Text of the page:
Cooktops are either gas or electric or a combination of each. Cooktops come either integrated with an oven or as a standalone unit. What will you choose for your new cooktop?
Gas cooktops – provide instant heat, and allow precise control over the temperature. Btu (or British thermal units) measure the heating power of gas cook tops and ovens. For everyday cooking, 9,000 Btu should suffice. For stir-frying and other high-heat cooking, you’ll need 12,000 or more. For simmering you need to reduce it to at least 5000 Btu.
Electric Cooktops come in a variety of types.
- Ceramic radiant – coiled metal elements underneath tempered ceramic glass.
- Halogen or semi halogen – this is where ceramic cooktop elements use halogen bulbs to create heat. Semi halogen cooktops use a halogen bulb along with a coiled metal element.
- Radiant coil – usually found on low end stovetops but they are the most energy efficient of the common electric stovetops apart from induction cooktops.
- Solid – this is the most economic option and each hotplate is a solid metal disk that is slow to heat up and slow to cool down, making them more difficult to control.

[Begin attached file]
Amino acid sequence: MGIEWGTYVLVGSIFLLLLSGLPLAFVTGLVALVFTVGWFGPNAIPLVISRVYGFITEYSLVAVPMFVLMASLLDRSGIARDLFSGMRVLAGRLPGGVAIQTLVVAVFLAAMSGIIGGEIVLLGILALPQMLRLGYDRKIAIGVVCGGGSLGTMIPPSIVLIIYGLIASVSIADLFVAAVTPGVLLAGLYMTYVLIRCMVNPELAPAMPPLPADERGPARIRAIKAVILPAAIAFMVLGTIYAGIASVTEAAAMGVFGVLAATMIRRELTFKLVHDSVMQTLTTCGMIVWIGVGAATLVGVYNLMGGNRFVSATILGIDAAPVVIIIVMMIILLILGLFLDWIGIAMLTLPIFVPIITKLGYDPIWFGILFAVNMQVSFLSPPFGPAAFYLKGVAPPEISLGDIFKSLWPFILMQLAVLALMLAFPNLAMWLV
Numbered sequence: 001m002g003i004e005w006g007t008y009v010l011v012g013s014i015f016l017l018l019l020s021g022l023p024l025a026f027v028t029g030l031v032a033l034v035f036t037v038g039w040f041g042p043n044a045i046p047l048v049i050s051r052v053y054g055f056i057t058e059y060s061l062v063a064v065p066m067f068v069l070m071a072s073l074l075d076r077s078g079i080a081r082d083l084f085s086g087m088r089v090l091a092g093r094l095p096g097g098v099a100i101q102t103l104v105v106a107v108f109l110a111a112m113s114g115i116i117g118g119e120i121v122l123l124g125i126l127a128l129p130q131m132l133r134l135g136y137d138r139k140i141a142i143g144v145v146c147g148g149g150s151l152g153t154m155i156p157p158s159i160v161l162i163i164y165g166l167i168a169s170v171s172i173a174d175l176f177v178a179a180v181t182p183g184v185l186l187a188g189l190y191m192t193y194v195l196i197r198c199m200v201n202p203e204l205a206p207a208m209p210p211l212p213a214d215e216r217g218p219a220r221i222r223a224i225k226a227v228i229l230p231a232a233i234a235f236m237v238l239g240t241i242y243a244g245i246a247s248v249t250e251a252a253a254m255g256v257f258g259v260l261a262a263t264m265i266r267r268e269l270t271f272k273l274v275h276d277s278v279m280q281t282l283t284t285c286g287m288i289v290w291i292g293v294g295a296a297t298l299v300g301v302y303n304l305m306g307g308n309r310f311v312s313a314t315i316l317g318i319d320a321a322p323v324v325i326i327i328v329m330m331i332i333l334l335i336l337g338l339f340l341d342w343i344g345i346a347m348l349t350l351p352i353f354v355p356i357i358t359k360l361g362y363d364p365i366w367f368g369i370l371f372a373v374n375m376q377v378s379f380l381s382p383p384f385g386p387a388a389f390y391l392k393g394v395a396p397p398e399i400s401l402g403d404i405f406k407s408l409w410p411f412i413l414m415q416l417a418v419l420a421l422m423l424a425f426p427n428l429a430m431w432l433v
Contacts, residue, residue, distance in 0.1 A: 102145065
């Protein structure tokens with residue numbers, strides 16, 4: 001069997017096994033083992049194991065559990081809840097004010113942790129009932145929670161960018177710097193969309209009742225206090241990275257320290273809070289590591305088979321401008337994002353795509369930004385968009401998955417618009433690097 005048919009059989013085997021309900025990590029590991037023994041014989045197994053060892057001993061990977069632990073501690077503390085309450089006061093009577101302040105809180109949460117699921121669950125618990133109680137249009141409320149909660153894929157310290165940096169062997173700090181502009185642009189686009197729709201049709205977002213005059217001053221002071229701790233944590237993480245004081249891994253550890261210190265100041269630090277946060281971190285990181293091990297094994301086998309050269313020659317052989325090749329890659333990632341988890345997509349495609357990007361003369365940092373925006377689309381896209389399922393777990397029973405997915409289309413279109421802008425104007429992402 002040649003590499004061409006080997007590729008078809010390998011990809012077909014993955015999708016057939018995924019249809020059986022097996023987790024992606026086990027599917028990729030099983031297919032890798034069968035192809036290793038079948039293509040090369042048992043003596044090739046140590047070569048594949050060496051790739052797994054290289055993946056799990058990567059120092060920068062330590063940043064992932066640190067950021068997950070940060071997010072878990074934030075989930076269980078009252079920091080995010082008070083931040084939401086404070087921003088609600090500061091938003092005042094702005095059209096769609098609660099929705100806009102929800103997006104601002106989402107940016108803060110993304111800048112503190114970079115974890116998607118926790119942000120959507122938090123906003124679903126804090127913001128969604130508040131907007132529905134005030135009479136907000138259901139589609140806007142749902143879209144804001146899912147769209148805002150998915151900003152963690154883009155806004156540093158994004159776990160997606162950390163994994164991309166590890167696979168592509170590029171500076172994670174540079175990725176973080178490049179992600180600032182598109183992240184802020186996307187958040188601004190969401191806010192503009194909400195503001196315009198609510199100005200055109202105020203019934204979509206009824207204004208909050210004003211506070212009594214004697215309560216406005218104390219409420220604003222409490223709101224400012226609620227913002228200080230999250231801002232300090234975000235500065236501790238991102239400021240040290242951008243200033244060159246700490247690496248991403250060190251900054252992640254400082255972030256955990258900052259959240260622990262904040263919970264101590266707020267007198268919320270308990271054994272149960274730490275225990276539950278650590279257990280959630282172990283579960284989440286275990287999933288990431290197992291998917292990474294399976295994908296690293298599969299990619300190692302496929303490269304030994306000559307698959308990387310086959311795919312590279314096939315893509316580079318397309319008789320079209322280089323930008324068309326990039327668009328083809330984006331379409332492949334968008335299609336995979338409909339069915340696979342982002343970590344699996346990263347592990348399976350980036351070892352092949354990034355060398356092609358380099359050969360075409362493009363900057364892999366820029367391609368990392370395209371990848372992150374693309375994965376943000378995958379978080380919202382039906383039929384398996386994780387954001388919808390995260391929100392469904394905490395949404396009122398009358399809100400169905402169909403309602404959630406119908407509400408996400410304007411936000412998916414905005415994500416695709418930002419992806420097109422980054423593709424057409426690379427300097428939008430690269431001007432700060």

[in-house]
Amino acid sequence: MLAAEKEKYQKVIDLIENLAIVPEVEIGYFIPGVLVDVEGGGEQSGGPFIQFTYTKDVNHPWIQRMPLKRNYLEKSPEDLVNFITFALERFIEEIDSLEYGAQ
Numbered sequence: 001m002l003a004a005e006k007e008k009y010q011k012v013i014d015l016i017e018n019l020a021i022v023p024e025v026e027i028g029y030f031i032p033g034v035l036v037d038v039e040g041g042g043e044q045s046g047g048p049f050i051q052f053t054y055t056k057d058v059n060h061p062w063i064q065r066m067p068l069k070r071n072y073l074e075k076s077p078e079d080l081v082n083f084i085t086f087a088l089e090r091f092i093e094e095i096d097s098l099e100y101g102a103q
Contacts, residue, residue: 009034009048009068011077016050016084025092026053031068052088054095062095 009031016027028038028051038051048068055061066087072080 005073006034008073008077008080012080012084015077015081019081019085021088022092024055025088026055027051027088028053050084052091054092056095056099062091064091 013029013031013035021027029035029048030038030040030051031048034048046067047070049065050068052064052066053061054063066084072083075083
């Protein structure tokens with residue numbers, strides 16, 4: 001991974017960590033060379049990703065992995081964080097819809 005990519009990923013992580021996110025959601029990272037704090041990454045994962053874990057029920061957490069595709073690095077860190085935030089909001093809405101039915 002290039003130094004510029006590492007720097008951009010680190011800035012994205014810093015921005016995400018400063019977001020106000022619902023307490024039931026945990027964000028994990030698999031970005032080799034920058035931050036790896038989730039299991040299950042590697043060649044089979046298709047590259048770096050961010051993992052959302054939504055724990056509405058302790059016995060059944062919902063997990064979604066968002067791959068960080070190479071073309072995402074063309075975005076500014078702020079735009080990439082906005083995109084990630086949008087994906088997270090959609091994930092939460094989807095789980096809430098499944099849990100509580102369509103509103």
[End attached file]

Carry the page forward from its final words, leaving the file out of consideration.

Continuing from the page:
- Induction – these cooktops use a magnetic field to heat up the pan, while the cooktop itself stays reasonably cool. It is the fastest way of cooking and you can control the heat as finely as gas.
Also think about the size of the burners, they usually range from 7 to 12 inches but if you cook with very large pots or pans, you may like to find one with a bigger burner. Some cooktops offer bridges so that you can join two burners together, effectively making a much larger burner. Also look for cooktops that are easy to clean. If you do a lot of cooking, or cook a large number of food at once, consider a cooktop with 6 burners as opposed to the standard 4. You could also choose a combination of gas and electric cooktops which would be beneficial if you do a lot of different types of cooking.